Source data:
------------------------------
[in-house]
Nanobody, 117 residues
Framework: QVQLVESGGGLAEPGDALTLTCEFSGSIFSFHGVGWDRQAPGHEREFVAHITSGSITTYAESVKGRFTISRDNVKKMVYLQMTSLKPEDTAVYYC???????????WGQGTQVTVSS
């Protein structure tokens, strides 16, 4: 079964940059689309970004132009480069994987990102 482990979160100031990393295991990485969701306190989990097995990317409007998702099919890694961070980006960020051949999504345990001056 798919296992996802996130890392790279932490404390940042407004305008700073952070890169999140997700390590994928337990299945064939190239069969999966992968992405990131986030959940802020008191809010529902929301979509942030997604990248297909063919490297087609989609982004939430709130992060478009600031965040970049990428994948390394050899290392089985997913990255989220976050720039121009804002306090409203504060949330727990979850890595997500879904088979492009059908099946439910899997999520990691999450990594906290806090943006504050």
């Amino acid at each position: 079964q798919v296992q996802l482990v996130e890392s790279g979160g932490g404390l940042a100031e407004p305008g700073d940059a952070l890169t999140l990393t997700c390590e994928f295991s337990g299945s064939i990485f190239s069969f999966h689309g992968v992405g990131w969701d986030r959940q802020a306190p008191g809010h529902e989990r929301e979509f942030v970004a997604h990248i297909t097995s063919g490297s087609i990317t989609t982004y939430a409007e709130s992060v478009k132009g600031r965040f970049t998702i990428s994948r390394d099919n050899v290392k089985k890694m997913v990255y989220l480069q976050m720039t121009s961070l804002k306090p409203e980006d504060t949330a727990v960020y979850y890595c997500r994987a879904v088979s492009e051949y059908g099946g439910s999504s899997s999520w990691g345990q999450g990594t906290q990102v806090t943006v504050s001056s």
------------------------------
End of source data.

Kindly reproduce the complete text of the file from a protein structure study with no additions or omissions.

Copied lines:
[in-house]
Nanobody, 117 residues
Framework: QVQLVESGGGLAEPGDALTLTCEFSGSIFSFHGVGWDRQAPGHEREFVAHITSGSITTYAESVKGRFTISRDNVKKMVYLQMTSLKPEDTAVYYC???????????WGQGTQVTVSS
């Protein structure tokens, strides 16, 4: 079964940059689309970004132009480069994987990102 482990979160100031990393295991990485969701306190989990097995990317409007998702099919890694961070980006960020051949999504345990001056 798919296992996802996130890392790279932490404390940042407004305008700073952070890169999140997700390590994928337990299945064939190239069969999966992968992405990131986030959940802020008191809010529902929301979509942030997604990248297909063919490297087609989609982004939430709130992060478009600031965040970049990428994948390394050899290392089985997913990255989220976050720039121009804002306090409203504060949330727990979850890595997500879904088979492009059908099946439910899997999520990691999450990594906290806090943006504050």
């Amino acid at each position: 079964q798919v296992q996802l482990v996130e890392s790279g979160g932490g404390l940042a100031e407004p305008g700073d940059a952070l890169t999140l990393t997700c390590e994928f295991s337990g299945s064939i990485f190239s069969f999966h689309g992968v992405g990131w969701d986030r959940q802020a306190p008191g809010h529902e989990r929301e979509f942030v970004a997604h990248i297909t097995s063919g490297s087609i990317t989609t982004y939430a409007e709130s992060v478009k132009g600031r965040f970049t998702i990428s994948r390394d099919n050899v290392k089985k890694m997913v990255y989220l480069q976050m720039t121009s961070l804002k306090p409203e980006d504060t949330a727990v960020y979850y890595c997500r994987a879904v088979s492009e051949y059908g099946g439910s999504s899997s999520w990691g345990q999450g990594t906290q990102v806090t943006v504050s001056s």